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Germany

Refugees: Keep toilets clean and cycle safely

Rules and instructions on the Internet explaining life in Germany aim to help refugees find their feet. Most are friendly, but the guidelines posted by the mayor of one small town come across as very heavy-handed.

All over the world, rules - written and unwritten - regulate how people live together.

For the many thousands of refugees in Germany, the Internet currently abounds with all manner of advice, explanations, tips and lists of dos and don'ts. After all, they face a foreign culture, a foreign language and often live in very cramped quarters with no privacy whatsoever.

It's important that we explain to the refugees the fundamental structures we live by and are accustomed to in Germany, says Claudia Beck, spokeswoman of Germany's Caritas aid organization, referring to both the refugee shelters' house rules and the country's social rules and values.

That's an integral part of integration, Beck told DW.

Culture clash

The guidelines posted by the mayor of Hardheim, a small town of 4,600 that currently houses 1,000 refugees in a former American military barracks in the southern state of Baden-Württemberg ended up making headlines.

Refugee centers nationwide naturally set up and explain house rules - distributed on flyers, often in the form of pictograms. The situation being bumpy in his town, Hardheim Mayor Volker Rohm posted his guidelines in a letter on the town's website. "Dear stranger," he writes. "Welcome to Germany, welcome to Hardheim."

Volker Rohm

The guidelines will stay on our website, says Mayor Rohm

"Many of you have been through terrible experiences." The threats to your lives, he continues, are over: "You are now in Germany, a peaceful country."

The text, translated into various languages, then explains that Germany is a "clean country and should remain so," that Germans separate their trash, people don't enter private property or take fruit or vegetables from private gardens.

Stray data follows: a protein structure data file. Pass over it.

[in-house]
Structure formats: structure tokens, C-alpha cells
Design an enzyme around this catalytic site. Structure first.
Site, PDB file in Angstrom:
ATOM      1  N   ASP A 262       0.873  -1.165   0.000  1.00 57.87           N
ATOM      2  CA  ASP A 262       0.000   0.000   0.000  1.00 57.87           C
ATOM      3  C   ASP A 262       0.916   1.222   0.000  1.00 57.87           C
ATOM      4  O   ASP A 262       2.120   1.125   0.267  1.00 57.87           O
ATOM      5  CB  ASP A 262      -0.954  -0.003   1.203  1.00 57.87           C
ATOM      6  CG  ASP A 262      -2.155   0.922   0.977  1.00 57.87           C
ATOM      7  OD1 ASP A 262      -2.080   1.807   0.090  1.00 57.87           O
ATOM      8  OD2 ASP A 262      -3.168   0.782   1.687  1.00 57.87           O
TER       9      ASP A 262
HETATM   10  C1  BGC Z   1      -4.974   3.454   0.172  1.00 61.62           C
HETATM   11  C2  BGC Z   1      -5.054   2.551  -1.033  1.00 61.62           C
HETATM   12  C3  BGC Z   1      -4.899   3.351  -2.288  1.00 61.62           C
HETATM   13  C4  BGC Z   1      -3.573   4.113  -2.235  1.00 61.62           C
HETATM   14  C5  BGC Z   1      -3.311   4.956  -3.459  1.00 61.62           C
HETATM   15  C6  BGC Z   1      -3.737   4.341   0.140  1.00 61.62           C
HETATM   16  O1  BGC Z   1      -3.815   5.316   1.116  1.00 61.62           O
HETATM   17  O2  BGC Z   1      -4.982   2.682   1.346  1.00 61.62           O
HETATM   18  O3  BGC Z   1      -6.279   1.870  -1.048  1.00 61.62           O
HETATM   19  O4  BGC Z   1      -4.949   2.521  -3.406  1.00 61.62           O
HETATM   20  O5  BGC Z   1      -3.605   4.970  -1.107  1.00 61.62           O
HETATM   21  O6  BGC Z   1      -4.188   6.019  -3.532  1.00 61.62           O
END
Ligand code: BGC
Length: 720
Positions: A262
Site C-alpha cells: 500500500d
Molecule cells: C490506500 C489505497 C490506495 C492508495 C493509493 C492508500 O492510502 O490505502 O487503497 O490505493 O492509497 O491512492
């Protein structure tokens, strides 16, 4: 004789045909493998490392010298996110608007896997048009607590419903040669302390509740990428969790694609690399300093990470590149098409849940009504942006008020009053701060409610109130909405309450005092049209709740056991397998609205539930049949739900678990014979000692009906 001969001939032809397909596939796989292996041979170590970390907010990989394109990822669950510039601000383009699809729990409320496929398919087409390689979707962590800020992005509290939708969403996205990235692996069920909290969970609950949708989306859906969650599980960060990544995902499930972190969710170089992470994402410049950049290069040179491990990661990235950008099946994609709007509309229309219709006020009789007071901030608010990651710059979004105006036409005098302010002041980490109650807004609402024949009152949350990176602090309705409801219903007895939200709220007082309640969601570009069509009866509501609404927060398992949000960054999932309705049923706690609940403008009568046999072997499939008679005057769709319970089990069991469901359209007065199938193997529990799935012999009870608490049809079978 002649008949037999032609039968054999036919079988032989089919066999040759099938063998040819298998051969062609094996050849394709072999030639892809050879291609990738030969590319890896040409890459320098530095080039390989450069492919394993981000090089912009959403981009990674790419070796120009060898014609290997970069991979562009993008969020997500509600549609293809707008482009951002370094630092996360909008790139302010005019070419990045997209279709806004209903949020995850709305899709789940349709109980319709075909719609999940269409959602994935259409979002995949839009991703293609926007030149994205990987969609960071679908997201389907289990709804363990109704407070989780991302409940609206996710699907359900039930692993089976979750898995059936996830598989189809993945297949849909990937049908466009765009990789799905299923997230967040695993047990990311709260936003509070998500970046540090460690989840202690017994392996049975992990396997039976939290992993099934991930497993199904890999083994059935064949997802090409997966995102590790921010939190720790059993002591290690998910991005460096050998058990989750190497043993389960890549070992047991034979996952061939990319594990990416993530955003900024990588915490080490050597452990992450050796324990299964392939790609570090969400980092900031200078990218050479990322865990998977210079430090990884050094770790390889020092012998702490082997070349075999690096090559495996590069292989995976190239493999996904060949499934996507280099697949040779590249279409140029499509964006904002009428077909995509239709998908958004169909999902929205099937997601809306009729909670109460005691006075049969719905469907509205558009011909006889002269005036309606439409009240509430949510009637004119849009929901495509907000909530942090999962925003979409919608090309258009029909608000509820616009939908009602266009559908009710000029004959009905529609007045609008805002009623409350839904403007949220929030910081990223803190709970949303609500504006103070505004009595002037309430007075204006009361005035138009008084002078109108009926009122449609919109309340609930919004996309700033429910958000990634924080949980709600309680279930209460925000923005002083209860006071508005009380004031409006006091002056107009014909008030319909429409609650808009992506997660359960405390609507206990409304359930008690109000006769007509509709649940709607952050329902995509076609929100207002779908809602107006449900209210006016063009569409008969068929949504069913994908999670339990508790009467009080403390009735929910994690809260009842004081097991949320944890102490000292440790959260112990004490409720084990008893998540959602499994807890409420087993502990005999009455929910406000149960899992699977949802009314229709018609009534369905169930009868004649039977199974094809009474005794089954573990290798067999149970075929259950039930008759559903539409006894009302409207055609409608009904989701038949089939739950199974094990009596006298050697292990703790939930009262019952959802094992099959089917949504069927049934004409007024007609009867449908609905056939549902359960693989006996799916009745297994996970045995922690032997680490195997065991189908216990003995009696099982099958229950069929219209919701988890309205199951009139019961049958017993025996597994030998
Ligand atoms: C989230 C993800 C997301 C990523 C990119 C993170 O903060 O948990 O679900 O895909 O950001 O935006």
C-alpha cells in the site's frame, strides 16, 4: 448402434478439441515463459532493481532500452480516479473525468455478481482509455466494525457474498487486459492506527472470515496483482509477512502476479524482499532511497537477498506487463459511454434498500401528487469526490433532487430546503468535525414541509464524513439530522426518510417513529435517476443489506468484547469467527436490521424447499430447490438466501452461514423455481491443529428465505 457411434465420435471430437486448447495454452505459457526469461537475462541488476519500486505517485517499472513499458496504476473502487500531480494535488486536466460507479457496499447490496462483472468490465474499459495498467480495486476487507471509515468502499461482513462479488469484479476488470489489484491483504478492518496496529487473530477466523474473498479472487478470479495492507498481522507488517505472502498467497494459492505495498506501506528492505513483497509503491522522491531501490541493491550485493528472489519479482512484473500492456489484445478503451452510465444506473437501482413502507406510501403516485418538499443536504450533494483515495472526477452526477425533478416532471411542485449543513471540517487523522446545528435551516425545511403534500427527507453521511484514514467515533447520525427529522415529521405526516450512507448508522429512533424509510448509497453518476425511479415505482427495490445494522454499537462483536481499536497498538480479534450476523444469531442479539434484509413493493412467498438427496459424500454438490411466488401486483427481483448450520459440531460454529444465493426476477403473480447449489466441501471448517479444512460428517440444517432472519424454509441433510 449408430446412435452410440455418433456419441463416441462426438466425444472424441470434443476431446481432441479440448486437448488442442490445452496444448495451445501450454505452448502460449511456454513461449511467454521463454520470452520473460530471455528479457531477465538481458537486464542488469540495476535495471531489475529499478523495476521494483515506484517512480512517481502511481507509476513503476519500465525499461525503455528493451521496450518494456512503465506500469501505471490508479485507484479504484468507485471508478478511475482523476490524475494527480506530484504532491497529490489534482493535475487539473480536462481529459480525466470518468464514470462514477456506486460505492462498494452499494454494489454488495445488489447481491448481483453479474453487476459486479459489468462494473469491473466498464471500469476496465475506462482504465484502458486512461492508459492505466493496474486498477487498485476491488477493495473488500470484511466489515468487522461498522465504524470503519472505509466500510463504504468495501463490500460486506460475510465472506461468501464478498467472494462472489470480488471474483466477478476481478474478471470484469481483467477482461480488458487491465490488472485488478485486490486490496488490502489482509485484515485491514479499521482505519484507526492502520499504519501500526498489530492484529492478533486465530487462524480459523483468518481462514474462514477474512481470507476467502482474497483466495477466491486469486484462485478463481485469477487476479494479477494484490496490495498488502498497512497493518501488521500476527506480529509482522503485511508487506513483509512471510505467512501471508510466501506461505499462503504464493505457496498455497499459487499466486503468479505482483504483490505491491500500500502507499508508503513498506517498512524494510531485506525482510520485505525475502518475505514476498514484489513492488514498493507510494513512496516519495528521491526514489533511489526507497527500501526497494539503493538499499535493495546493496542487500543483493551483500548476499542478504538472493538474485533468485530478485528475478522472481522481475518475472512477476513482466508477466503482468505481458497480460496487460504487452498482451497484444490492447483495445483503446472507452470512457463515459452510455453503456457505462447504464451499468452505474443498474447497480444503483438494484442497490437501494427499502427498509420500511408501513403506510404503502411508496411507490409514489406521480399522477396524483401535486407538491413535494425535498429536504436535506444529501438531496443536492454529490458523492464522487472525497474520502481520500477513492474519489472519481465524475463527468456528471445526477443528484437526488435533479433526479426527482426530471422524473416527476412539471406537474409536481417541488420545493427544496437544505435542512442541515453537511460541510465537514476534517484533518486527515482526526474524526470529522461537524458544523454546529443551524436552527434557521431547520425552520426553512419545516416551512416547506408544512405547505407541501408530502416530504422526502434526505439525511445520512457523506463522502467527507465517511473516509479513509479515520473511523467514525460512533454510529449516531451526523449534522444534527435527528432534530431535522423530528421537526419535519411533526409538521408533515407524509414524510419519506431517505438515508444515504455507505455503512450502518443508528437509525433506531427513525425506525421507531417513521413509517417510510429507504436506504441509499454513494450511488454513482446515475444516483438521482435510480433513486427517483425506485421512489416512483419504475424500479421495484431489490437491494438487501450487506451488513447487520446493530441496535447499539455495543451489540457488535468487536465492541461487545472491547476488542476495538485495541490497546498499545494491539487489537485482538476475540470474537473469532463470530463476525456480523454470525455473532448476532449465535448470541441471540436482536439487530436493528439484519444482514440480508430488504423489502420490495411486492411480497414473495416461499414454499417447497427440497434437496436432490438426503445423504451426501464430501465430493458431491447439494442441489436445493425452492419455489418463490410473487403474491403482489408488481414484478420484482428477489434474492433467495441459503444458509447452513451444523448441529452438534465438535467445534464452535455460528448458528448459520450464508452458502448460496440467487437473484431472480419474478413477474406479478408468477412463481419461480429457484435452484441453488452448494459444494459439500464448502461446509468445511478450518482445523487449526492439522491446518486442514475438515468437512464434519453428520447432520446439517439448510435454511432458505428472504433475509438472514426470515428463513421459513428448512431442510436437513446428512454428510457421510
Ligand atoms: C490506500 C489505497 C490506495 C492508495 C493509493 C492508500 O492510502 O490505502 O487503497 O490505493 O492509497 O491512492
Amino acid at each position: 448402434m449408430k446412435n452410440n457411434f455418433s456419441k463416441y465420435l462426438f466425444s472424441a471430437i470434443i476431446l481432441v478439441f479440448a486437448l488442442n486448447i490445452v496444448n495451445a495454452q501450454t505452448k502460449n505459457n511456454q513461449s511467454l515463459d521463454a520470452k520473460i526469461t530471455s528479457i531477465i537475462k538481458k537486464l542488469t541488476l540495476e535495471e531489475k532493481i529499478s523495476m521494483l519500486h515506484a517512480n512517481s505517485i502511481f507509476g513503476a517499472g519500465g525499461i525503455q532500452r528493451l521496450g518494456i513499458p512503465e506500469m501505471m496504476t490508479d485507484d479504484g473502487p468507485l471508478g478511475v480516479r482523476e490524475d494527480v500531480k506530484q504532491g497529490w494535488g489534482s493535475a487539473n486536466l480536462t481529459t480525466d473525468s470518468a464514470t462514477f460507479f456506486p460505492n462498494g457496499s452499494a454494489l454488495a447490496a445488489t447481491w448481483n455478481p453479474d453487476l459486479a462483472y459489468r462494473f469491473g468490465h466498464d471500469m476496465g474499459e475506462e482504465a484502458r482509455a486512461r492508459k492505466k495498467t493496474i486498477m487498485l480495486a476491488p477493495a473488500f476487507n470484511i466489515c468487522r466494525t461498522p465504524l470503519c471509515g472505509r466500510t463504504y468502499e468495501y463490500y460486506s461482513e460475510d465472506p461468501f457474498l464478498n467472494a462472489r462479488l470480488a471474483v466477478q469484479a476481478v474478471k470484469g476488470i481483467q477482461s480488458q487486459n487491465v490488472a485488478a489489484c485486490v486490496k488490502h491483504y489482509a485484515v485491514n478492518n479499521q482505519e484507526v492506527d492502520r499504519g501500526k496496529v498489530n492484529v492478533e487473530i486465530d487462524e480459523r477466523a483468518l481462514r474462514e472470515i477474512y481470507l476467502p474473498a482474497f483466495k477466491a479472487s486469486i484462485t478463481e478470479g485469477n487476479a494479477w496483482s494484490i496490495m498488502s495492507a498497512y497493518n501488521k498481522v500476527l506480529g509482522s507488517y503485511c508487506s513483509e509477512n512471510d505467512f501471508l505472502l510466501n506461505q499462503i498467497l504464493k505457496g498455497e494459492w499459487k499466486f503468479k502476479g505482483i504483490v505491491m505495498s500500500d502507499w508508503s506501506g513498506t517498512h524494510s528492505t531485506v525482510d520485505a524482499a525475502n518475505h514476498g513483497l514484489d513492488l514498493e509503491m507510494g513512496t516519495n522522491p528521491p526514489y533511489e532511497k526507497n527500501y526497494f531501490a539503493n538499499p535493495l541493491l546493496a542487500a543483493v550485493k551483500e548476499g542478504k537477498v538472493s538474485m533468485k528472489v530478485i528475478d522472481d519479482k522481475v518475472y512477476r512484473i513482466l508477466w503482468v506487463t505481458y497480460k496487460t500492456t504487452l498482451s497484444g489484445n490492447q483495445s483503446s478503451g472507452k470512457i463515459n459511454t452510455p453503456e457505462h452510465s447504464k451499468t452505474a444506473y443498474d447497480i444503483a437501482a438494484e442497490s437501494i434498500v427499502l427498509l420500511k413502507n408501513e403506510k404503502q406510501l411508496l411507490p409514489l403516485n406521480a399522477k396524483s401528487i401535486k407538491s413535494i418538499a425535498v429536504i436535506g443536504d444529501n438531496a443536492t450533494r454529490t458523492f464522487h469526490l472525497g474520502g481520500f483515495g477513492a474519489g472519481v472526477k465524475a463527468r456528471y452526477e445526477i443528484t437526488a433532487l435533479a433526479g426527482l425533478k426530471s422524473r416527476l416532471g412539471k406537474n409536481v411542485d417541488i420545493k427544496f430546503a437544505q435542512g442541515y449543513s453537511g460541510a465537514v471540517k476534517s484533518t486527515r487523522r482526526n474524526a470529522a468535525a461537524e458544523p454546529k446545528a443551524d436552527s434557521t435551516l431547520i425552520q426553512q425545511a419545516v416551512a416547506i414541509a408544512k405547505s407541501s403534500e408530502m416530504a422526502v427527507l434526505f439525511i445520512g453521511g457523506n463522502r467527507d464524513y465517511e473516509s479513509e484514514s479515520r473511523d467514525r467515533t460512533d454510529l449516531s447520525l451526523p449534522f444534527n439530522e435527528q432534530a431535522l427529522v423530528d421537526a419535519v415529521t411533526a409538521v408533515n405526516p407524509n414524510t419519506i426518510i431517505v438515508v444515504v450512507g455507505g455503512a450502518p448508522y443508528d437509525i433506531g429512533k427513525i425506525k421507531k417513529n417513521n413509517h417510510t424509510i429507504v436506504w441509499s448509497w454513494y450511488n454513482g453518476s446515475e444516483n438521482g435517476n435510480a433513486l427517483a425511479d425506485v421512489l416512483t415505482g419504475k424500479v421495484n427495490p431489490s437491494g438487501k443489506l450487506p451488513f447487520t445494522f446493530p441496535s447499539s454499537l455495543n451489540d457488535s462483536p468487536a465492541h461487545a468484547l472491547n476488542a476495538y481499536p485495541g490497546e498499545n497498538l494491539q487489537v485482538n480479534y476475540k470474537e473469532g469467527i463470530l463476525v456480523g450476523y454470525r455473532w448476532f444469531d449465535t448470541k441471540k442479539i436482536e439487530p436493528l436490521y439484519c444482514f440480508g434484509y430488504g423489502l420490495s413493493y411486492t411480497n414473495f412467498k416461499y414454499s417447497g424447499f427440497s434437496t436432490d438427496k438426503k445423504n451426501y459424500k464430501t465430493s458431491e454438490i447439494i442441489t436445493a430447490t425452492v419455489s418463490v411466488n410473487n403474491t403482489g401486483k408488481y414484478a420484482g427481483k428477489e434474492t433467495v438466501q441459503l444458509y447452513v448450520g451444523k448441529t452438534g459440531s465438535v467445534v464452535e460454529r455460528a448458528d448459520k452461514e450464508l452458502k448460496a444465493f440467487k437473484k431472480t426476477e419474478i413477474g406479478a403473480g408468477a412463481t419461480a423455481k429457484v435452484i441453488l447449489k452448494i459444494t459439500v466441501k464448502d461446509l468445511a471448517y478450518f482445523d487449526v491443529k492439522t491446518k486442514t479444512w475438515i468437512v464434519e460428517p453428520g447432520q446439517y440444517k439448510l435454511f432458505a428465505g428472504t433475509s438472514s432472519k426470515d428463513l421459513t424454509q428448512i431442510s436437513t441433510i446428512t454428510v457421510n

He probably meant well, but the tone is awkward, and comes across as heavy-handed and formalistic, says Beck.

Quiet, please

The reaction on social media was, for the most part, dismissive:

Water, the mayor explains, is used for cooking, washing, cleaning - and "for flushing toilets." He admonishes migrants not to eat food before buying it in supermarkets, orders them to treat women with respect, cycle safely and not to relieve themselves in gardens, parks, behind hedges and behind bushes or to make noise after 10 pm, when "the night's rest" applies.

Why didn't the mayor distribute his "unfortunate guidelines" to everyone in town, this user asks.

Unperturbed, Mayor Rohm insists the guidelines will stay on the local community website despite widespread criticism. De-escalation and information were foremost on his mind, he argues. In fact, Mayor Rohm is convinced the refugees will "benefit in terms of integration."

The idea was to lower the potential for conflict, he says, and adds: Not necessarily to turn the asylum-seekers into "good Germans, but perhaps into good guests."

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